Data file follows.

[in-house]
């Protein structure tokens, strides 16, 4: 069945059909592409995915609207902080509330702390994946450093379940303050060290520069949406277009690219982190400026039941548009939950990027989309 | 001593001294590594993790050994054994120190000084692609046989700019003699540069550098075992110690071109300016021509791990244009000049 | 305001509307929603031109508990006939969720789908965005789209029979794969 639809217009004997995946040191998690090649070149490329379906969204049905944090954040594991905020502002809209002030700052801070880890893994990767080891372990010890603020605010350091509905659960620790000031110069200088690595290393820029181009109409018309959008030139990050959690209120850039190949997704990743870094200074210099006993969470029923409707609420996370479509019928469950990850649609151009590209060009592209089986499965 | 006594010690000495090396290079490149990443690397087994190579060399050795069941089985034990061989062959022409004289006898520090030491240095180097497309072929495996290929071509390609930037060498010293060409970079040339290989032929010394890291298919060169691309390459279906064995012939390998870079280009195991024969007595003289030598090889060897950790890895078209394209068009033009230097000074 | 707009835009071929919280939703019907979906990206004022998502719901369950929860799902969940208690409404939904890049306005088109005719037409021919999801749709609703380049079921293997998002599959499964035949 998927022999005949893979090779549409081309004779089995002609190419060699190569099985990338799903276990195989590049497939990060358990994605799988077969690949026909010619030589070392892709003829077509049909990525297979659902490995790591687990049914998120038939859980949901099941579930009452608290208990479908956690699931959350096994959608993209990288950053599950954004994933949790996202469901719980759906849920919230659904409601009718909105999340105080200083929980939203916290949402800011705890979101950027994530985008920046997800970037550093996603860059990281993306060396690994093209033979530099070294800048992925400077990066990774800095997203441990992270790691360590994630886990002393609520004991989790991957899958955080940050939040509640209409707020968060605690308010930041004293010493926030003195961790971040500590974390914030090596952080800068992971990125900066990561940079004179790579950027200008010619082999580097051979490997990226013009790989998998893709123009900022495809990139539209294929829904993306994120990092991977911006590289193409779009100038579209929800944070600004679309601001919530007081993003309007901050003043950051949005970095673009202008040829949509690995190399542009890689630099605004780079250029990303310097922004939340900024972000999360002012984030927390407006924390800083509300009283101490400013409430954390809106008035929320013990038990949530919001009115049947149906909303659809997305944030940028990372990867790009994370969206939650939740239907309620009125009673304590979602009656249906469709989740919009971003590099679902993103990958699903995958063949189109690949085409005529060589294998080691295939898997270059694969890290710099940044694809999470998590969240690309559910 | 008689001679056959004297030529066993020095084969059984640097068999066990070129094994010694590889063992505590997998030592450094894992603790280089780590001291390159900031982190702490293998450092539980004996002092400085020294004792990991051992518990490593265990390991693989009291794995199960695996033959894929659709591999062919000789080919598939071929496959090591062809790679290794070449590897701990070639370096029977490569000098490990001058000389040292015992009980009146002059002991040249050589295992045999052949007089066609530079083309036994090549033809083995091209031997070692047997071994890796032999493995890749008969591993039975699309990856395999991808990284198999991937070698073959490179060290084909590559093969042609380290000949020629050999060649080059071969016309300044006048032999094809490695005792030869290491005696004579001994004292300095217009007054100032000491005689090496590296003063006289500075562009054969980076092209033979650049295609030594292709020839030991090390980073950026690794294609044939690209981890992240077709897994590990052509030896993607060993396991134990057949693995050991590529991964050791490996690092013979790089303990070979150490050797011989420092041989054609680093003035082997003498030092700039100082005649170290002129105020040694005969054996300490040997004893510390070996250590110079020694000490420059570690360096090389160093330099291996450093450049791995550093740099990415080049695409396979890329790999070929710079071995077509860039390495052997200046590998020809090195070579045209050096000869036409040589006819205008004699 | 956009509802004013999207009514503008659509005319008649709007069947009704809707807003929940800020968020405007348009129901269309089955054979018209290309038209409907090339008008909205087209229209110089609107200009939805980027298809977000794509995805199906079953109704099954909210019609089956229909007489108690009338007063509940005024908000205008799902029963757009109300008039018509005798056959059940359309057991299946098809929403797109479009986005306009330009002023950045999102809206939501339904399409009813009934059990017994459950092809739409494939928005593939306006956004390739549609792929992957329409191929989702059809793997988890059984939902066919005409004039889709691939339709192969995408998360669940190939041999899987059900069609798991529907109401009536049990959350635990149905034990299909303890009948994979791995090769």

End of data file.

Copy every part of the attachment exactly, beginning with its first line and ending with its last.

[in-house]
């Protein structure tokens, strides 16, 4: 069945059909592409995915609207902080509330702390994946450093379940303050060290520069949406277009690219982190400026039941548009939950990027989309 | 001593001294590594993790050994054994120190000084692609046989700019003699540069550098075992110690071109300016021509791990244009000049 | 305001509307929603031109508990006939969720789908965005789209029979794969 639809217009004997995946040191998690090649070149490329379906969204049905944090954040594991905020502002809209002030700052801070880890893994990767080891372990010890603020605010350091509905659960620790000031110069200088690595290393820029181009109409018309959008030139990050959690209120850039190949997704990743870094200074210099006993969470029923409707609420996370479509019928469950990850649609151009590209060009592209089986499965 | 006594010690000495090396290079490149990443690397087994190579060399050795069941089985034990061989062959022409004289006898520090030491240095180097497309072929495996290929071509390609930037060498010293060409970079040339290989032929010394890291298919060169691309390459279906064995012939390998870079280009195991024969007595003289030598090889060897950790890895078209394209068009033009230097000074 | 707009835009071929919280939703019907979906990206004022998502719901369950929860799902969940208690409404939904890049306005088109005719037409021919999801749709609703380049079921293997998002599959499964035949 998927022999005949893979090779549409081309004779089995002609190419060699190569099985990338799903276990195989590049497939990060358990994605799988077969690949026909010619030589070392892709003829077509049909990525297979659902490995790591687990049914998120038939859980949901099941579930009452608290208990479908956690699931959350096994959608993209990288950053599950954004994933949790996202469901719980759906849920919230659904409601009718909105999340105080200083929980939203916290949402800011705890979101950027994530985008920046997800970037550093996603860059990281993306060396690994093209033979530099070294800048992925400077990066990774800095997203441990992270790691360590994630886990002393609520004991989790991957899958955080940050939040509640209409707020968060605690308010930041004293010493926030003195961790971040500590974390914030090596952080800068992971990125900066990561940079004179790579950027200008010619082999580097051979490997990226013009790989998998893709123009900022495809990139539209294929829904993306994120990092991977911006590289193409779009100038579209929800944070600004679309601001919530007081993003309007901050003043950051949005970095673009202008040829949509690995190399542009890689630099605004780079250029990303310097922004939340900024972000999360002012984030927390407006924390800083509300009283101490400013409430954390809106008035929320013990038990949530919001009115049947149906909303659809997305944030940028990372990867790009994370969206939650939740239907309620009125009673304590979602009656249906469709989740919009971003590099679902993103990958699903995958063949189109690949085409005529060589294998080691295939898997270059694969890290710099940044694809999470998590969240690309559910 | 008689001679056959004297030529066993020095084969059984640097068999066990070129094994010694590889063992505590997998030592450094894992603790280089780590001291390159900031982190702490293998450092539980004996002092400085020294004792990991051992518990490593265990390991693989009291794995199960695996033959894929659709591999062919000789080919598939071929496959090591062809790679290794070449590897701990070639370096029977490569000098490990001058000389040292015992009980009146002059002991040249050589295992045999052949007089066609530079083309036994090549033809083995091209031997070692047997071994890796032999493995890749008969591993039975699309990856395999991808990284198999991937070698073959490179060290084909590559093969042609380290000949020629050999060649080059071969016309300044006048032999094809490695005792030869290491005696004579001994004292300095217009007054100032000491005689090496590296003063006289500075562009054969980076092209033979650049295609030594292709020839030991090390980073950026690794294609044939690209981890992240077709897994590990052509030896993607060993396991134990057949693995050991590529991964050791490996690092013979790089303990070979150490050797011989420092041989054609680093003035082997003498030092700039100082005649170290002129105020040694005969054996300490040997004893510390070996250590110079020694000490420059570690360096090389160093330099291996450093450049791995550093740099990415080049695409396979890329790999070929710079071995077509860039390495052997200046590998020809090195070579045209050096000869036409040589006819205008004699 | 956009509802004013999207009514503008659509005319008649709007069947009704809707807003929940800020968020405007348009129901269309089955054979018209290309038209409907090339008008909205087209229209110089609107200009939805980027298809977000794509995805199906079953109704099954909210019609089956229909007489108690009338007063509940005024908000205008799902029963757009109300008039018509005798056959059940359309057991299946098809929403797109479009986005306009330009002023950045999102809206939501339904399409009813009934059990017994459950092809739409494939928005593939306006956004390739549609792929992957329409191929989702059809793997988890059984939902066919005409004039889709691939339709192969995408998360669940190939041999899987059900069609798991529907109401009536049990959350635990149905034990299909303890009948994979791995090769």